Thursday, July 13, 2006

The 3-Weeks War?

Sorry for the dearth of posts today... between the fast, trying to keep up with what's going on, and taking care of Elianna, there simply isn't much time for blogging.

Updates from Jameel and Dave were going up throughout the day, and Meryl (and her cohorts) put up an astonishing number of posts. The first two are getting some much needed rest now, especially Jameel whose counter-terrorist unit was alerted to the possibility of a few terrorists in his community. EDIT: Olah Chadasha & Olah Yashan, however, seem to still be awake - updates are (and have been) available by them, as well... EDIT2: Olah Yashan also helps run the website The Daily TidBit, which is also giving continuous updates.

The feelings in Israel must be crazy... a relative of ours who recently made aliyah decided to finally write her first post on it:
A close friend relayed to me how emotional she's been! Driving through a machsom (IDF barrier) she handed the baby-faced soldier there a fistfull of lollipops, as this family always does, and the soldier's entire face lit up! She drove on and burst into tears. My kids wanted to know if it was because she thought he could be the next 'Gilad.'
Meanwhile, they still do all manage to go on with their lives and live every day (somewhat) normally. Tobie [hat tip: Irina] is moving to Israel in a month, and she sums it up for the rest of us:
I wish that I were there. I wish that I were already there, where I could walk outside and see how normal my life was, where I could take buses and watch the people milling about their daily lives. Where my fear would be the fear of every single one of my neighbors, and I could join them in facing it, shrugging it off, and moving on. Where I could bury my face against a building and remember that it was all worth it.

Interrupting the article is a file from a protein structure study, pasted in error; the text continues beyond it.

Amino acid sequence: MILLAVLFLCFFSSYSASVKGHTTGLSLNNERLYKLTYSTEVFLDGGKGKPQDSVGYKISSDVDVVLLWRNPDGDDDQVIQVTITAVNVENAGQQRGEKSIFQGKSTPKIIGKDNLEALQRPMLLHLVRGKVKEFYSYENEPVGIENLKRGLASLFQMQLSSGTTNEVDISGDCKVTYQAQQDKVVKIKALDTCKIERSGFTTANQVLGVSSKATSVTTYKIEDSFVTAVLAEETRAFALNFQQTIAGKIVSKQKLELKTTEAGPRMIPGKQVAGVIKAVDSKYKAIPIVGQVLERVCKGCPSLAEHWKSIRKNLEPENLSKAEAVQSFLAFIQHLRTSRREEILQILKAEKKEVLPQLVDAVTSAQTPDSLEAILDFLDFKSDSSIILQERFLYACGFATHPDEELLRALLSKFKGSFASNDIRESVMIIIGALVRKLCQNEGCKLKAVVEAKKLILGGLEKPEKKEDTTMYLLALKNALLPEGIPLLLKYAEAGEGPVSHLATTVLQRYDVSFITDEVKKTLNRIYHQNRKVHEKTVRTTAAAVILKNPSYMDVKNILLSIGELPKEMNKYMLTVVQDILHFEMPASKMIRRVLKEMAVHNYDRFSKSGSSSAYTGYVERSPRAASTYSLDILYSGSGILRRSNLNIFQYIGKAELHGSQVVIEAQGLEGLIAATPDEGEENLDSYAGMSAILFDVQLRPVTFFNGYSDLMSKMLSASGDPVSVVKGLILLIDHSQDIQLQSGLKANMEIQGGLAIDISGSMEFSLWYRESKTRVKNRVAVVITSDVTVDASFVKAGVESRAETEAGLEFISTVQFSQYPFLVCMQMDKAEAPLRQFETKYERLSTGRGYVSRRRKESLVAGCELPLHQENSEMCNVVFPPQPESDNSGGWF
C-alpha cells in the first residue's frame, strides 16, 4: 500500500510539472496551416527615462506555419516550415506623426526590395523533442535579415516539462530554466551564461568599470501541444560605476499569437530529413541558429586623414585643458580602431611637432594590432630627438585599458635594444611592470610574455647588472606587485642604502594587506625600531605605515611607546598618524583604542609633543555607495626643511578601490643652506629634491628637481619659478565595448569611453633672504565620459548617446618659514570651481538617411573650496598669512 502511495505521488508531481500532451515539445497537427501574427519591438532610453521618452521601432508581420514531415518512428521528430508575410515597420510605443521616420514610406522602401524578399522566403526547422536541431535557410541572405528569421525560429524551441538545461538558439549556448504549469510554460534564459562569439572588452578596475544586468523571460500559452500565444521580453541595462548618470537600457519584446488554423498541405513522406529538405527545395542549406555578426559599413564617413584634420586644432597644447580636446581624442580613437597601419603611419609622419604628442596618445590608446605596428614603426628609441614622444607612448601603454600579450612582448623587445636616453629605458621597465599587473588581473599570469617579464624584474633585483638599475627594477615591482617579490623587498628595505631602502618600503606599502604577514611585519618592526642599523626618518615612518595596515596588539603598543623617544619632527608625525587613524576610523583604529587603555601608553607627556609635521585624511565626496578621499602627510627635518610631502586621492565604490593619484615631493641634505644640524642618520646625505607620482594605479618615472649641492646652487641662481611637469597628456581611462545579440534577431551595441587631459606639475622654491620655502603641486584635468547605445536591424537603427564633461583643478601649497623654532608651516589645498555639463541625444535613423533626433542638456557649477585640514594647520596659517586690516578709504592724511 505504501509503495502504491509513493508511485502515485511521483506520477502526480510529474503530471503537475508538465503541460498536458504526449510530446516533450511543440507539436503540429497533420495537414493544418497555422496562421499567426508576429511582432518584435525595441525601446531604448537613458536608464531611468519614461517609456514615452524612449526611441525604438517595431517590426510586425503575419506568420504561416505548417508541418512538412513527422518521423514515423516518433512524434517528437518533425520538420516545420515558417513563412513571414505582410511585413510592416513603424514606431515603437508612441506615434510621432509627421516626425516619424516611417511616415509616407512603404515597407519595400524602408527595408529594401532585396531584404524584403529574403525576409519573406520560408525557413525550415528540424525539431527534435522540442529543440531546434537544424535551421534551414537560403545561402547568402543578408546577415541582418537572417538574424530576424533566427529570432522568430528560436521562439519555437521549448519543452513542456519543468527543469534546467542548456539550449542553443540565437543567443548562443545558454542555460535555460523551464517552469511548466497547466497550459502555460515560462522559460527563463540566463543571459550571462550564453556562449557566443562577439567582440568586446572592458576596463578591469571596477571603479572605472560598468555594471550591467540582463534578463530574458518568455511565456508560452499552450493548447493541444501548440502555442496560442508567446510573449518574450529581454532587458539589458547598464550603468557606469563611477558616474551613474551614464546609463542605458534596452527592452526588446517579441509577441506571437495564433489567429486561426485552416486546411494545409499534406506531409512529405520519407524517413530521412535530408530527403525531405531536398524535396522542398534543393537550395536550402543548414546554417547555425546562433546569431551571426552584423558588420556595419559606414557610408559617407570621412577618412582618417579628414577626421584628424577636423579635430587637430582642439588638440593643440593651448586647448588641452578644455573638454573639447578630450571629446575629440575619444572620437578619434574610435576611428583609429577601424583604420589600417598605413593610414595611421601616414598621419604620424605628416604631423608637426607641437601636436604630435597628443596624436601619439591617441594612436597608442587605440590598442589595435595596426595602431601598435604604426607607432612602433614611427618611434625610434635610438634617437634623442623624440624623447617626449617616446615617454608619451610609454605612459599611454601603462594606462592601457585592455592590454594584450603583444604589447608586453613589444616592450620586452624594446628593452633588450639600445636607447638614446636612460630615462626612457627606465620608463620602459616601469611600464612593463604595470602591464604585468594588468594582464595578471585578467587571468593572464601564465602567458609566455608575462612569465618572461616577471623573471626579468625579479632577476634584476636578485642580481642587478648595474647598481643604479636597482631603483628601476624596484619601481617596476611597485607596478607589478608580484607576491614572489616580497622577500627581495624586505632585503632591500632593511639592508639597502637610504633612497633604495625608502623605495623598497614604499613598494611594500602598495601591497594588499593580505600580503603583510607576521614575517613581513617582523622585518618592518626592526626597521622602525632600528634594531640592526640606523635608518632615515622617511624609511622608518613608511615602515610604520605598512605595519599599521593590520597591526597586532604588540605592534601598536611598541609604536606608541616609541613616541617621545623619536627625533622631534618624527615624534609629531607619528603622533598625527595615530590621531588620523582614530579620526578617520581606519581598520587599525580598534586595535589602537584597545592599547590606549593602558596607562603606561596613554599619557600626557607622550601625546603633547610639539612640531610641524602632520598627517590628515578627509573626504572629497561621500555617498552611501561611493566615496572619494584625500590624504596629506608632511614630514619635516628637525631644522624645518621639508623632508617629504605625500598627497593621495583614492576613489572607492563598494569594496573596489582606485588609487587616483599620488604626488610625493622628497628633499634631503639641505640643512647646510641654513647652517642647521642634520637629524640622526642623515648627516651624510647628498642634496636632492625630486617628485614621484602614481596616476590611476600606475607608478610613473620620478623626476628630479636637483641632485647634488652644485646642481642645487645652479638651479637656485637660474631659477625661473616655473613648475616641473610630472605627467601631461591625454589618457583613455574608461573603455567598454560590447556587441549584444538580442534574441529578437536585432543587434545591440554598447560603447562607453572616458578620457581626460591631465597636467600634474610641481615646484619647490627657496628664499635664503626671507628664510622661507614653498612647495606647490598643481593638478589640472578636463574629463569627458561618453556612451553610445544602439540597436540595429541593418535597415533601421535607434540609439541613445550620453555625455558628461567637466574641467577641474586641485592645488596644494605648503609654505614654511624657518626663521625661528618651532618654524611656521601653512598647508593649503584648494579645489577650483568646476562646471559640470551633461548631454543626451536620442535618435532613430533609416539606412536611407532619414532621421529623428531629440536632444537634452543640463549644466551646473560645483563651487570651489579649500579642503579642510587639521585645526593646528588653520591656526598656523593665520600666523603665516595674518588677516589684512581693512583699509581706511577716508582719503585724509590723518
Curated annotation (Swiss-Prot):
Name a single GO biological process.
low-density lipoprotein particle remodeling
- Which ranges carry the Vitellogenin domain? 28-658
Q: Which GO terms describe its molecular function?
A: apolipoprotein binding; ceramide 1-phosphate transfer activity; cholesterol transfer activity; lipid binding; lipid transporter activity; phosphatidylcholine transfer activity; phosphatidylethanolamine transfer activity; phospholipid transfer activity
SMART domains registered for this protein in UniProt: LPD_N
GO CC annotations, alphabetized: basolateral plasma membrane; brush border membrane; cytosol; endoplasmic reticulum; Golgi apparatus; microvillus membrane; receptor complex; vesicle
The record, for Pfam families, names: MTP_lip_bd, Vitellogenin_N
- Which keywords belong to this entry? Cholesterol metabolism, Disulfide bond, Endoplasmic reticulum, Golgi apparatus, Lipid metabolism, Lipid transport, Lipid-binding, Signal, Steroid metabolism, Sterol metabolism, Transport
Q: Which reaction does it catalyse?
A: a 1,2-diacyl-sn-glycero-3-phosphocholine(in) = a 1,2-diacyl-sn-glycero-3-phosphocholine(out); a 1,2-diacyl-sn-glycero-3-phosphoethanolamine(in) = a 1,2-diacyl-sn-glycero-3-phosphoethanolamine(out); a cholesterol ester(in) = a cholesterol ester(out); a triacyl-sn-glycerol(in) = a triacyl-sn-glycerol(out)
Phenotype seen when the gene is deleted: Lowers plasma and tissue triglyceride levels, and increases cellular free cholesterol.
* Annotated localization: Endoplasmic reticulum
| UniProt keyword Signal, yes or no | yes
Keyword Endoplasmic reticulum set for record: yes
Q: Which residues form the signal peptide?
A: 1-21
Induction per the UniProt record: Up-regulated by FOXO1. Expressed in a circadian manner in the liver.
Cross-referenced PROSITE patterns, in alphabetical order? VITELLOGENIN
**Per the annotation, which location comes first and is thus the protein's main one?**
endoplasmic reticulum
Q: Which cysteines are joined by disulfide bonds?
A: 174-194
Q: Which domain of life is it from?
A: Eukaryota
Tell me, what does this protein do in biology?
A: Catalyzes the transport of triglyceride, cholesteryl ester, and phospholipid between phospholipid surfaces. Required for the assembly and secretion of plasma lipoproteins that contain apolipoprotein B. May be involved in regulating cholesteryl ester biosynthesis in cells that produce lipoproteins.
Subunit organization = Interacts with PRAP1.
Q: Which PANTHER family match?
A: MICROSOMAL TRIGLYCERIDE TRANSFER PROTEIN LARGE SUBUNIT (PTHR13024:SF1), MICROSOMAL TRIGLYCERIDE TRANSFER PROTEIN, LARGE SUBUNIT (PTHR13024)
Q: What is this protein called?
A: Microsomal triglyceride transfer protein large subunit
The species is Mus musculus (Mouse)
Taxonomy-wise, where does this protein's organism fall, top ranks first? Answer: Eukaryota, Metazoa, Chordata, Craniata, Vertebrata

But this... it's like sitting outside an operating room. You don't know what's going on or how things are going, but every few minutes a couple of doctors come out and give hair-raising, conflicting, and vague descriptions of a loved one's surgery. And then twenty or thirty strangers sitting around you begin to analyze what that means and what will happen, and to critique the doctors' techniques, worrying that they might cause further harm. And you sit there, suddenly scared, and want to just push open the doors and come inside and sit beside the operating table, so that you'd be able to watch and be there as it happens. And maybe even help.
Kudos to Orthomom for her post today about being wrong on disengagement, though I'm not really sure that's necessary. It still speaks highly of her. Shame on DovBear for claiming that she shouldn't have, because
Pulling out of Gaza brought Israel *loads* of benefits, the freedom to act with impunity when rockets fall (and with the world's support no less) being just one of them.
Sorry. That's what I - and many others - were hoping would be the positives that would come out from something we were against. Israel did not take advantage of the opportunity to do so when the rockets started falling, and even with 3 soldiers captured, a number killed, and rockets falling on Ashkelon and Haifa, they are being asked to act "with restraint" - from the Japanese Prime Minister to Switzerland to the United Nations to Russia to France to even the United States [albeit on a smaller scale than the others]. It is clear that these supposed "benefits" of disengagement failed to materialize, and to claim otherwise is simply foolish.

Meanwhile, there are reports (unconfirmed) that the soldiers kidnapped yesterday are being transferred to Iran (Iran denies this).

Hashem Yerachem.